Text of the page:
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Residents urged to help fight the tansy ragwort invasion posted on 08/02/2022

Bouquets of yellow flowers are blooming across our region. Unfortunately, these colorful blooms are from the poisonous plant known as tansy ragwort. They have many residents feverishly working to protect their fields and livestock.


“This year is shaping up to be one of the worst for tansy ragwort that we have seen,” said Samuel Leininger, WeedWise program manager for the Clackamas Soil and Water Conservation District (CSWCD). “Weather conditions this year resulted in perfect conditions to allow these plants to flourish. We are receiving calls from concerned residents across Clackamas County.”

By the time tansy flowers appear, the best management of this weed is a good pair of leather gloves and a healthy dose of perspiration from pulling mature plants. Mowing and cutting do not kill the plants and only spreads the poisonous vegetation.

Tansy ragwort (Jacobaea vulgaris) has long tormented hay producers and rural landowners who graze livestock. Horses and cows are especially susceptible to this poisonous weed.

“The alkaloids in tansy will build up in the liver and cause irreversible damage in grazing animals,” Dr. Cath Mertens, a local veterinarian, noted.

“They will generally avoid eating this weed unless there is nothing else available. The best thing to do is to make sure your horses and livestock always have something available to eat other than tansy.”

Contaminated hay is also a problem because it becomes impossible for feeding animals to avoid tansy., “Please pay close attention to the hay you put up or purchase,” Dr. Mertens said.

In the 1960s and 70s, two insects known as the cinnabar moth and the tansy ragwort flea beetle were released in Oregon. These biological control insects have been effective, but they follow a boom-bust cycle.

According to Joel Price, biological control entomologist for the Oregon Department of Agriculture, “Two years ago the tansy ragwort population was very high, but the following year the biological control insects had reduced the tansy ragwort population by 95 percent.”

“With little left for the insects to eat, the insect populations crash,” Price added. “In a normal year, there would be time for the biocontrol population to build up. However, the historically wet spring is causing problems for the flea beetle. This insect overwinters in the ground and the overly wet spring is keeping it from reproducing quickly enough to help control this year’s tansy explosion.”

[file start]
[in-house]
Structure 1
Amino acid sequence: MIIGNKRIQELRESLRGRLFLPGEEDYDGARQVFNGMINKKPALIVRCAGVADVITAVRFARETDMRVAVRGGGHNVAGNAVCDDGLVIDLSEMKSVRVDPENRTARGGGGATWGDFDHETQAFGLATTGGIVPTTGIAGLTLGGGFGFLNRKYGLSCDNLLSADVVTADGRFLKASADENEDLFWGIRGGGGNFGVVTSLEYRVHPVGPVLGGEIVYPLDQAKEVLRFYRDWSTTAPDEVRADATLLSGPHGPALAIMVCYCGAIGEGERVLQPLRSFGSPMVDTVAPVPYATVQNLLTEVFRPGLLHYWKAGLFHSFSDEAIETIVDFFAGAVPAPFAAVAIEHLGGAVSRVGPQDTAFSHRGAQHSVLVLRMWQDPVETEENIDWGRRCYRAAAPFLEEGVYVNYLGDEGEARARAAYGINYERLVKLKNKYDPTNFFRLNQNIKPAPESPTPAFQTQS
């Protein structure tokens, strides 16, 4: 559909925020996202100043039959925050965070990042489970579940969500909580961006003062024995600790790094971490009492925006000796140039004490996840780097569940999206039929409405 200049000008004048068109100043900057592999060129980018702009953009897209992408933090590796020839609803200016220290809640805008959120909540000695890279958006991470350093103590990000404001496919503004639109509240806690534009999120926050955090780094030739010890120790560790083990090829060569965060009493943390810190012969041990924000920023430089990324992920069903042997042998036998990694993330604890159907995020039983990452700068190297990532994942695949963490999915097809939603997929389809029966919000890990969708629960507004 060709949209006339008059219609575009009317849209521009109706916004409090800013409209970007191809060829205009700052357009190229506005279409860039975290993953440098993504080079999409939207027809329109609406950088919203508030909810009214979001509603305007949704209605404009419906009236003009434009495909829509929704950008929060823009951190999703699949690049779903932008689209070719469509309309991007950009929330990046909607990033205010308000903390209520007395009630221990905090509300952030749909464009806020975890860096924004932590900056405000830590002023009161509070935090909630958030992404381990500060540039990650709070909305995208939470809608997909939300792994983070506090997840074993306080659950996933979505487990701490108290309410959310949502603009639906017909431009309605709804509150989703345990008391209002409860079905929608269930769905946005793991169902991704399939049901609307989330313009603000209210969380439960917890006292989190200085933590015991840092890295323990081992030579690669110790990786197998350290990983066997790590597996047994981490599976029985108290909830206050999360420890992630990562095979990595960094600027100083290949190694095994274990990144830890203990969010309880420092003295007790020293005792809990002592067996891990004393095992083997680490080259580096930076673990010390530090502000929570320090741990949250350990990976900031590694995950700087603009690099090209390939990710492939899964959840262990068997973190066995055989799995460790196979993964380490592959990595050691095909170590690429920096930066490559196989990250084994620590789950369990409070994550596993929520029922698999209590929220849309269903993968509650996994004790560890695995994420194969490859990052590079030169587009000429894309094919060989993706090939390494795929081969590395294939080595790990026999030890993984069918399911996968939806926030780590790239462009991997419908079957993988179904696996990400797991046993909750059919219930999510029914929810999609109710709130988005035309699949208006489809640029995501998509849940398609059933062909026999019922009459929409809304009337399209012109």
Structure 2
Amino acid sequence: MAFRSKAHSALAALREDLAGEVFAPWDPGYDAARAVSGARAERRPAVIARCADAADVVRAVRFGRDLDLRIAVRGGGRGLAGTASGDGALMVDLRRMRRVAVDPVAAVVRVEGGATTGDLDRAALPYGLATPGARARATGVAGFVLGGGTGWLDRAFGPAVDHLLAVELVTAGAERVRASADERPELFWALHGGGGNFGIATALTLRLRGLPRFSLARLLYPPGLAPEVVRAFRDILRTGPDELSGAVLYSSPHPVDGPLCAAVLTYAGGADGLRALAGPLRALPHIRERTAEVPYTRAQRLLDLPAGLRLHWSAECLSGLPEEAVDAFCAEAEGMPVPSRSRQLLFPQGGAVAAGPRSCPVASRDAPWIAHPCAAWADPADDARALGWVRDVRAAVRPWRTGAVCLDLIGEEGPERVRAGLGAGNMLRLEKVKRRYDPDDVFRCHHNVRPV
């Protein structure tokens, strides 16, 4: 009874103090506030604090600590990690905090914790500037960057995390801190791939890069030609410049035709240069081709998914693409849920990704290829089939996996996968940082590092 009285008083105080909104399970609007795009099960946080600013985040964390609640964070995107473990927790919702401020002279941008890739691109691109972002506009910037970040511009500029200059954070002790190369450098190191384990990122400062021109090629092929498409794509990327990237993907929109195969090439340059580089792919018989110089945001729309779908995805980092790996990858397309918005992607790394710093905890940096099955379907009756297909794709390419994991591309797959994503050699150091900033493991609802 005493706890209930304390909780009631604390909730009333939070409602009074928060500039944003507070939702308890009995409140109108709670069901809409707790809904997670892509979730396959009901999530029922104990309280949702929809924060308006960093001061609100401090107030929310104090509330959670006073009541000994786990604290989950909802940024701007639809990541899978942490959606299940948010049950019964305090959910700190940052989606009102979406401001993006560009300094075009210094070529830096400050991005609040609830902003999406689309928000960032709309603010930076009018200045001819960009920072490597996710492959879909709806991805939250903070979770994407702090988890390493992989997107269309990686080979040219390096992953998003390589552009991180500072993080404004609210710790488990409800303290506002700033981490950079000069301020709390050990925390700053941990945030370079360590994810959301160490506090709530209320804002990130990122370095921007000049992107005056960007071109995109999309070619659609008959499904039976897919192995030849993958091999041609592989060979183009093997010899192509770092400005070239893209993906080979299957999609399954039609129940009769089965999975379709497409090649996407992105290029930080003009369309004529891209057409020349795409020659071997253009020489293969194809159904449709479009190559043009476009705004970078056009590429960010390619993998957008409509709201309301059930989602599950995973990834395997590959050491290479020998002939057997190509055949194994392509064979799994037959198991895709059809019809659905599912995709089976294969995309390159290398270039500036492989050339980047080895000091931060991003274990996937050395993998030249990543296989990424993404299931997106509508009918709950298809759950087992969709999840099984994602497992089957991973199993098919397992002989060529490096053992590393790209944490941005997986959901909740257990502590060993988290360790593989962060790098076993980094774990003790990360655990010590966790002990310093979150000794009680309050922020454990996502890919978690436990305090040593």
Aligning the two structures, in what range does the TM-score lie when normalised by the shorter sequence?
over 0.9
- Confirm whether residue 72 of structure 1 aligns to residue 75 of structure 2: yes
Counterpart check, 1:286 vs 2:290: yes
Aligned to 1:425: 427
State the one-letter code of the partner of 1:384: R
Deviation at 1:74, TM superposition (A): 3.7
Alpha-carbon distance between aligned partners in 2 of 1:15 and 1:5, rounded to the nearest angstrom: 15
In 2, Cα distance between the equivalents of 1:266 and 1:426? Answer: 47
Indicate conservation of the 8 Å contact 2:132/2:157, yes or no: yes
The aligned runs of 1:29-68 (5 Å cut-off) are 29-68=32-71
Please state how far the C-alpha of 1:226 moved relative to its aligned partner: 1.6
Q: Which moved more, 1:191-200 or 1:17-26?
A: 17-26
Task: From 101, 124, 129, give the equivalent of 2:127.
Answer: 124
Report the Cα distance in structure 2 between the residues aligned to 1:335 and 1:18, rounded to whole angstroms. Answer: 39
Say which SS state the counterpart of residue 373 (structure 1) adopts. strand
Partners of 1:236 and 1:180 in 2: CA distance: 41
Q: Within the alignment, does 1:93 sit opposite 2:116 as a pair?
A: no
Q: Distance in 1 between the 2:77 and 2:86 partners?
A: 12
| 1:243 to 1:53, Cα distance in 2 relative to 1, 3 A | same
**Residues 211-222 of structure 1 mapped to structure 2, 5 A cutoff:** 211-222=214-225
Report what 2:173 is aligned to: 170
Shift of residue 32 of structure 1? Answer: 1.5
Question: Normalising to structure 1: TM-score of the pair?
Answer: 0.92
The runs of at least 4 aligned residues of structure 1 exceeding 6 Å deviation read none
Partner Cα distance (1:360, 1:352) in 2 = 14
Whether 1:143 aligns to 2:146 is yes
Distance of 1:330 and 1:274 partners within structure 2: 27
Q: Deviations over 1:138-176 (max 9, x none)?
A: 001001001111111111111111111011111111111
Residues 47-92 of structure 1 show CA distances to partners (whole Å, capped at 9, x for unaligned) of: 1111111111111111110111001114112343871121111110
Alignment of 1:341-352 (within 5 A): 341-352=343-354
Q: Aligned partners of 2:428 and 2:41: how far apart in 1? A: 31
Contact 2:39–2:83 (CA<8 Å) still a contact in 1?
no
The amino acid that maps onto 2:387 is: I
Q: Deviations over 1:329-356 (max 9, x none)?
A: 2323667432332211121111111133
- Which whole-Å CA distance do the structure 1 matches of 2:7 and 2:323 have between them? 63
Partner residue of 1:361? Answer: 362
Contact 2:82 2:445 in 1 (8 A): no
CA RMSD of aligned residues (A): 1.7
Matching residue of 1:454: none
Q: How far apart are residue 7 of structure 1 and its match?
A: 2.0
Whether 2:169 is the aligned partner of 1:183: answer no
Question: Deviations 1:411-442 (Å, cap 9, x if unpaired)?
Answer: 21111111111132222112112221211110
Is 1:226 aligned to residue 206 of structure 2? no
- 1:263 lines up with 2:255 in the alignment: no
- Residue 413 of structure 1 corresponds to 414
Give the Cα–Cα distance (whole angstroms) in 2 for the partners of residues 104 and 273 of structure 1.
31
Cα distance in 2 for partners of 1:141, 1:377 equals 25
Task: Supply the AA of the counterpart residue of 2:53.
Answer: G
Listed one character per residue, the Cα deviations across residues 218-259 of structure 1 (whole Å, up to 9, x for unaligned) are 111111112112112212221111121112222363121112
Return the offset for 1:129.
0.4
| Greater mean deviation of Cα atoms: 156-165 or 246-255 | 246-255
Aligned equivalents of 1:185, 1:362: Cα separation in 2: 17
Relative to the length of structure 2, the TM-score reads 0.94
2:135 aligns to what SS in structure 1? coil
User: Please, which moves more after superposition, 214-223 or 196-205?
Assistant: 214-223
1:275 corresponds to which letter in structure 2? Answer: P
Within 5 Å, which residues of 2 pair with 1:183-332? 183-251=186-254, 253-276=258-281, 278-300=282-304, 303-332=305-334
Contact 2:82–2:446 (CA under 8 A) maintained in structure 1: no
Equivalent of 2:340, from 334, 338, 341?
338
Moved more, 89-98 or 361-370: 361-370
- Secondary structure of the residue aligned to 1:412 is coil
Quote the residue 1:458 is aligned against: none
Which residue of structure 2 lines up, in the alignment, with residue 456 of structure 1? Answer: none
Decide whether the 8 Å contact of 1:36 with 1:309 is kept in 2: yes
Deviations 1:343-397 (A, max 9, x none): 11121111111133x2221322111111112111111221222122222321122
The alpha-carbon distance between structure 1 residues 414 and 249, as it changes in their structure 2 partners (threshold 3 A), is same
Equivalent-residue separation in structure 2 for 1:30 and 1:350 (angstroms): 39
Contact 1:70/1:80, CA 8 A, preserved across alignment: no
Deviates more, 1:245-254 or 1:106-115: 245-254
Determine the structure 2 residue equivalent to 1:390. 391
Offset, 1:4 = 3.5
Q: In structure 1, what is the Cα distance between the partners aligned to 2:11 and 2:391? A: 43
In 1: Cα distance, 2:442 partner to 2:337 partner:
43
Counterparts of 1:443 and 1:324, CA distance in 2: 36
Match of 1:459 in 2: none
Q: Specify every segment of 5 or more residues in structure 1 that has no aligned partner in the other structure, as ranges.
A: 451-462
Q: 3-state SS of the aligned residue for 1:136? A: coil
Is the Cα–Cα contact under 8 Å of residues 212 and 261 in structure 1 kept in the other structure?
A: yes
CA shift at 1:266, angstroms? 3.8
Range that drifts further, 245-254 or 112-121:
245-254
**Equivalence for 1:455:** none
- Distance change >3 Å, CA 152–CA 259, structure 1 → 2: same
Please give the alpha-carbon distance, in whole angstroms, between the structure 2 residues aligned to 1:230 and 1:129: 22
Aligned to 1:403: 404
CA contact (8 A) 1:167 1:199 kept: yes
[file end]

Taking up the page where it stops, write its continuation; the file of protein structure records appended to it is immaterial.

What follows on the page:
Tansy outbreaks not only poison livestock but also affects the relationships of neighbors. In Clackamas County, there are no longer weed inspectors to regulate tansy ragwort, so residents are encouraged to work with their neighbors to control this weed.

Tansy ragwort is manageable. Residents are encouraged to focus on areas that are grazed and along fence lines to help prevent plants from spreading. Flowering plants can be pulled and composted away from grazing animals or disposed of as trash. Residents are also encouraged to plan for the coming year to prevent plants from blooming. The Clackamas SWCD has developed Tansy Ragwort Best Management Practices (https://bit.ly/3RSj8yZ) to help residents with their control efforts.

“More than ever, we need neighbors working together to protect pets and livestock from potential poisoning”, Leininger said.

If you have questions about steps you can take, please contact the Clackamas Soil and Water Conservation District at 503-210-6000 for more information.

For the Mountain Times by Lisa Kilders, the Education and Outreach Program Manager for the Clackamas Soil and Water Conservation District.




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